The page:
The Daunting Endeavor of Buying Your First Aircraft

Don’t venture too far into the weeds without first determining which direction you’d like to go.

Shopping for one’s first aircraft can be a daunting endeavor. The process can be lengthy, having to determine one’s priorities, learn what aircraft types are able to meet those criteria, and then narrow down the selection to the types that offer the best balance of advantages and drawbacks. In the pursuit of the perfect specimen, vast spreadsheets are often built and many daily responsibilities of adult life are often ignored.

Before one gets too far ahead of oneself, however, one must take a step back to evaluate the available options from a higher level. In my case, I had reached a point where I had become deeply entrenched in the intricacies of various types. How much heavier a metalized Cessna 120/140 wing is compared to the original fabric-covered wing, for example (around 50 to 75 pounds), and how much it might cost to replace all the fabric on a Stinson 108 (as much as $45,000 to $50,000 when it’s all said and done).

As I was navigating all the various pitfalls and little-known lore of several types, it occurred to me that perhaps I should first back up and determine whether I preferred tandem seating, in which one occupant sits in front of the other, or side-by-side seating. Similarly, it occurred to me that I hadn’t put much thought into whether I preferred yokes or sticks. I had become buried in specification lists and budget sheets, shopping with my brain and ignoring some of the less tangible preferences that aren’t as easily quantifiable in rows and columns.

Looking at my list of contenders, they ran the gamut. Some had two seats, one had three, and others had four. Some had sticks, others had yokes. And sure enough, tandem and side-by-side seating were both represented in my list of potential candidates—like the SOCATA Rallye that features side-by-side seating and sticks.

So, pausing my investigation into the minutia of various types, I took a broader look at these more fundamental decisions to be made. I began by considering my experiences flying aircraft with tandem seating configurations. Looking at the list of all the types I’ve ever flown—a list well worth maintaining, perhaps inside the back cover of your logbook—I picked out those with tandem seating and reflected upon my experiences.

From the simple Piper J-3 Cub to the Aeronca Champ to the supremely capable Aviat Husky, I recalled the combination of strengths and weaknesses inherent in that configuration. Each was a relative pain to get into and out of. A lack of flexibility and multiple winter layers could make this a real chore.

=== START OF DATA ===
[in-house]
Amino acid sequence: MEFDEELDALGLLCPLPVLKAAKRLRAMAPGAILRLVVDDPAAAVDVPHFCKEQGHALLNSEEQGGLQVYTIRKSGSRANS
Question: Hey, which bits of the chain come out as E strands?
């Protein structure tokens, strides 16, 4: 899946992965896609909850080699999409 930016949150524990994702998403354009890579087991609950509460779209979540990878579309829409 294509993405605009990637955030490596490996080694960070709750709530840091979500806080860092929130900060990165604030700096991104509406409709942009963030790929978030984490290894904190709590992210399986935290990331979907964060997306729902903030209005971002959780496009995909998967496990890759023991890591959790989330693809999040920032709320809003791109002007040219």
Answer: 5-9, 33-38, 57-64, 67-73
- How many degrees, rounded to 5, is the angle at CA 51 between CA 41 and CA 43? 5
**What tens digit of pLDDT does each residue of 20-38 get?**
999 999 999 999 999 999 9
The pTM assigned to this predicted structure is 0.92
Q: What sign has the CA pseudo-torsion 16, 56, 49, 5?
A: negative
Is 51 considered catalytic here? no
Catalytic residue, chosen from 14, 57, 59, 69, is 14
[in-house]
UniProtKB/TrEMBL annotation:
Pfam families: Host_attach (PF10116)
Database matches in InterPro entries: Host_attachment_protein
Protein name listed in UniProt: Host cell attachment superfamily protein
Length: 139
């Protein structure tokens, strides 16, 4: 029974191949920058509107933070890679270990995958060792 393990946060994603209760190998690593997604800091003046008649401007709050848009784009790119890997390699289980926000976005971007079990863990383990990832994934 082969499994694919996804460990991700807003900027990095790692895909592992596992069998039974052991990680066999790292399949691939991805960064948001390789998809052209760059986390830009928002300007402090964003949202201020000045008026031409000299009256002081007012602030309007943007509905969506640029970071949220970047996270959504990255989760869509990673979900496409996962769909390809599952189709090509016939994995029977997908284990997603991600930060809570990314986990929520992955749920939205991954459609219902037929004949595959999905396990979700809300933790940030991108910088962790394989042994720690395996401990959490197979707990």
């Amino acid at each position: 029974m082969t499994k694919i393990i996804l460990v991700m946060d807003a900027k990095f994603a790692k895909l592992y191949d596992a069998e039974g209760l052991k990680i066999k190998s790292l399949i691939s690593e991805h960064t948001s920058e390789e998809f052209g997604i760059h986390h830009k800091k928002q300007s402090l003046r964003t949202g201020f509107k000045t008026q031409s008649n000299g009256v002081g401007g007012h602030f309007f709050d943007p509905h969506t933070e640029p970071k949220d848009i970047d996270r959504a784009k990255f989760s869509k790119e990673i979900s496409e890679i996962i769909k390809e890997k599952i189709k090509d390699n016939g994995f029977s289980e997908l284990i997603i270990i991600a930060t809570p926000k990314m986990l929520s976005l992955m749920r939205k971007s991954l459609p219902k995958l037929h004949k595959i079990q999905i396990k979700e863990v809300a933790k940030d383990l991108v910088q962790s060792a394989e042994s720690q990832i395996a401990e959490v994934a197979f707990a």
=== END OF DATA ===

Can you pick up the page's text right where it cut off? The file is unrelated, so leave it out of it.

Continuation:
Each provided outstanding visibility, so long as you were seated in the front. I definitely did not enjoy flying from the back seat of the J-3, for example. With another person seated up front, I might as well have been flying the Spirit of St. Louis, with zero forward visibility and an extremely claustrophobic cabin. If I was to pursue a type with this seating, I’d insist upon one that allows solo flight from the front seat.

Among the less-quantifiable benefits to tandem seating was the placement of seats along the fuselage centerline. As a friend of mine once observed, the throttle is in your left hand, the stick in your right, and some point between your eyes is the roll center. You may only have 65 horsepower on tap, but when banking into your turn to final, you might as well be flying your own Mustang or Spitfire.

But thinking back, I never really found the stick to feel as natural as a yoke. This might be the result of the law of primacy, as I’d done all of my primary training in Cessna 152s, but it might also have been a preference for using my left hand to control the aircraft and my right hand to control the throttle. One way to get to the bottom of this was to seek out a type where you manipulate the stick with your left hand and the throttle with your right.

This SOCATA Rallye features the less-common pairing of control sticks and side-by-side seating. Other versions of the Rallye come with yokes. [Courtesy: Jason McDowell]

I was fortunate to locate a Piper PA-16 Clipper for rent about an hour away in rural Wisconsin. The Clipper is rare in that it pairs control sticks with side-by-side seating and a single throttle control mounted in the center. The person in the left seat manipulates the stick with their left hand and the throttle with their right.

The Clipper had many admirable qualities. The relatively large ailerons provided a snappy roll rate, and it was fun to fly. But once again, the stick just didn’t feel as natural to me as yokes. This might have been a function of my relatively broad shoulders; my arms and hands naturally fell farther outboard of centerline, farther away from a centrally-mounted stick. 

I left the little FBO nearly $200 poorer, but with some useful insight into the yoke versus stick debate. And by determining that my preference was for yokes, this also meant that, by default, my preference was also for side-by-side seating. While sticks can be found in both tandem and side-by-side cockpits, there are, to my knowledge, no light general aviation types that combine tandem seating with two yokes. The Champion 402 Lancer comes close, with a yoke up front and a stick in back, but as a twin with fixed-pitch props and an inability to maintain altitude on one engine, this type was best forgotten.


New to Flying?


Already have an account?